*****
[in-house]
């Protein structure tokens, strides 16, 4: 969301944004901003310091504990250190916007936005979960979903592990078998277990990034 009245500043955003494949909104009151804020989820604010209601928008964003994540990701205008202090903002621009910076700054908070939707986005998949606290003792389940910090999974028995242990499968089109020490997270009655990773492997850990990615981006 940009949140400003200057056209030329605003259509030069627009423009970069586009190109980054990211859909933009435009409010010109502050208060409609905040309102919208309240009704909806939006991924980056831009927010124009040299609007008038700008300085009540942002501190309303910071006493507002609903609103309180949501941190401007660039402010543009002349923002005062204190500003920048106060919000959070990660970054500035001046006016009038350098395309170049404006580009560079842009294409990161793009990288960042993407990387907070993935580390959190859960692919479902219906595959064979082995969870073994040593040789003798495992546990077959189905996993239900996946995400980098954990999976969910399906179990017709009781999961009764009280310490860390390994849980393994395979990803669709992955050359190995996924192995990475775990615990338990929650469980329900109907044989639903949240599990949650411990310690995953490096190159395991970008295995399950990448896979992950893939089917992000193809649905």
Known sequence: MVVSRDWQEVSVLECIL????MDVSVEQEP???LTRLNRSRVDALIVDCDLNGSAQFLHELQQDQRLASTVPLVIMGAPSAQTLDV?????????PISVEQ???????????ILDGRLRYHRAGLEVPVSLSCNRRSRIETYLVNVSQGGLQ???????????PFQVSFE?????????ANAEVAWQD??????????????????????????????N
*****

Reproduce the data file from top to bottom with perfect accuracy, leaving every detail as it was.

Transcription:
[in-house]
């Protein structure tokens, strides 16, 4: 969301944004901003310091504990250190916007936005979960979903592990078998277990990034 009245500043955003494949909104009151804020989820604010209601928008964003994540990701205008202090903002621009910076700054908070939707986005998949606290003792389940910090999974028995242990499968089109020490997270009655990773492997850990990615981006 940009949140400003200057056209030329605003259509030069627009423009970069586009190109980054990211859909933009435009409010010109502050208060409609905040309102919208309240009704909806939006991924980056831009927010124009040299609007008038700008300085009540942002501190309303910071006493507002609903609103309180949501941190401007660039402010543009002349923002005062204190500003920048106060919000959070990660970054500035001046006016009038350098395309170049404006580009560079842009294409990161793009990288960042993407990387907070993935580390959190859960692919479902219906595959064979082995969870073994040593040789003798495992546990077959189905996993239900996946995400980098954990999976969910399906179990017709009781999961009764009280310490860390390994849980393994395979990803669709992955050359190995996924192995990475775990615990338990929650469980329900109907044989639903949240599990949650411990310690995953490096190159395991970008295995399950990448896979992950893939089917992000193809649905």
Known sequence: MVVSRDWQEVSVLECIL????MDVSVEQEP???LTRLNRSRVDALIVDCDLNGSAQFLHELQQDQRLASTVPLVIMGAPSAQTLDV?????????PISVEQ???????????ILDGRLRYHRAGLEVPVSLSCNRRSRIETYLVNVSQGGLQ???????????PFQVSFE?????????ANAEVAWQD??????????????????????????????N